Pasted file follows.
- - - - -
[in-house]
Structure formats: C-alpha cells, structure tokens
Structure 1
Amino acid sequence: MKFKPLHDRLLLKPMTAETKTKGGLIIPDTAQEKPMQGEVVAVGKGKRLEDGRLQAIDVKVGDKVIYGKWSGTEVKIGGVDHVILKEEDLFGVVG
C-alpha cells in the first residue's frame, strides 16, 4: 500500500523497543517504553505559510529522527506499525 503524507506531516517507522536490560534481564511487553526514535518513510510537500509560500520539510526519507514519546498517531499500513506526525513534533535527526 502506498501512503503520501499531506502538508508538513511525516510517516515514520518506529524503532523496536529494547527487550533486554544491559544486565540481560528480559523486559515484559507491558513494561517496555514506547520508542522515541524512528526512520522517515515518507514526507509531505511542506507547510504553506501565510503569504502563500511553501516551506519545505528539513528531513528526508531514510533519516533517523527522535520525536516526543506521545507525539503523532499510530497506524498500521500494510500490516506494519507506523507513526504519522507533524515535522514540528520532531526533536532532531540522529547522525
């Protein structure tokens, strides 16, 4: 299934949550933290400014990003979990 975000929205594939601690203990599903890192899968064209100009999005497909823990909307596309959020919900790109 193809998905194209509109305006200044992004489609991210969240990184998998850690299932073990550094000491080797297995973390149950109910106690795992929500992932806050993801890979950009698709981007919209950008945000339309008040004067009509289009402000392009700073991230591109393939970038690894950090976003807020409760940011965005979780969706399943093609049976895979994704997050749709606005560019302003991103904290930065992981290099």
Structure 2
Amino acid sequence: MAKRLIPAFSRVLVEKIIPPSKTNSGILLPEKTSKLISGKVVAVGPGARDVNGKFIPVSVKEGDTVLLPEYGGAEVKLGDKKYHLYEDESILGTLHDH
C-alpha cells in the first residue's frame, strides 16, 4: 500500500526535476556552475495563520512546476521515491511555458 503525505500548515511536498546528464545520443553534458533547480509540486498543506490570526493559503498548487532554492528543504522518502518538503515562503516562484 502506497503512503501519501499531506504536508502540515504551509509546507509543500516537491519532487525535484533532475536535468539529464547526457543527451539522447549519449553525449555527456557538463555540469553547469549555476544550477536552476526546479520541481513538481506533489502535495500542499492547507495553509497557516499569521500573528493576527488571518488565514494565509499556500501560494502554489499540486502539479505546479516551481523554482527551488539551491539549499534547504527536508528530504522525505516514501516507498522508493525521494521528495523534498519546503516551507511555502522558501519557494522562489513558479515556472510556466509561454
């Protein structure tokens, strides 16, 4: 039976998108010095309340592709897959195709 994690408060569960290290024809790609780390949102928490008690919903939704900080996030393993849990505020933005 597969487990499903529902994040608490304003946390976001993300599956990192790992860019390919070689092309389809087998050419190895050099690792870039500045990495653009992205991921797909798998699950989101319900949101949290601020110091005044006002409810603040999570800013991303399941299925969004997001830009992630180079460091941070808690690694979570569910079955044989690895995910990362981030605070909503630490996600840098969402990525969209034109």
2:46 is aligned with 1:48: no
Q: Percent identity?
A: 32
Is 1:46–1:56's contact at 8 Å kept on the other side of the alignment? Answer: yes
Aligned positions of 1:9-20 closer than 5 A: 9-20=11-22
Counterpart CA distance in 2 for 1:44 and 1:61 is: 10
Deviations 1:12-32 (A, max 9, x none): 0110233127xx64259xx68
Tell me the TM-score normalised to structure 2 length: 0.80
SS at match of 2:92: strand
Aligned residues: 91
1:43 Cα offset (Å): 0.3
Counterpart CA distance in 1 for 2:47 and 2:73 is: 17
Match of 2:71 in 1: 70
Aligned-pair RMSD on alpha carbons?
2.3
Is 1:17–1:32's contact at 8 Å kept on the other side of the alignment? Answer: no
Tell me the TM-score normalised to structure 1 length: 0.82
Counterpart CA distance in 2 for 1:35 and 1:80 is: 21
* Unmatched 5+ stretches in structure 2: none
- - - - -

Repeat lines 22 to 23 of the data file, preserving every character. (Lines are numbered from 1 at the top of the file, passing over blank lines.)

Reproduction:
Counterpart CA distance in 1 for 2:47 and 2:73 is: 17
Match of 2:71 in 1: 70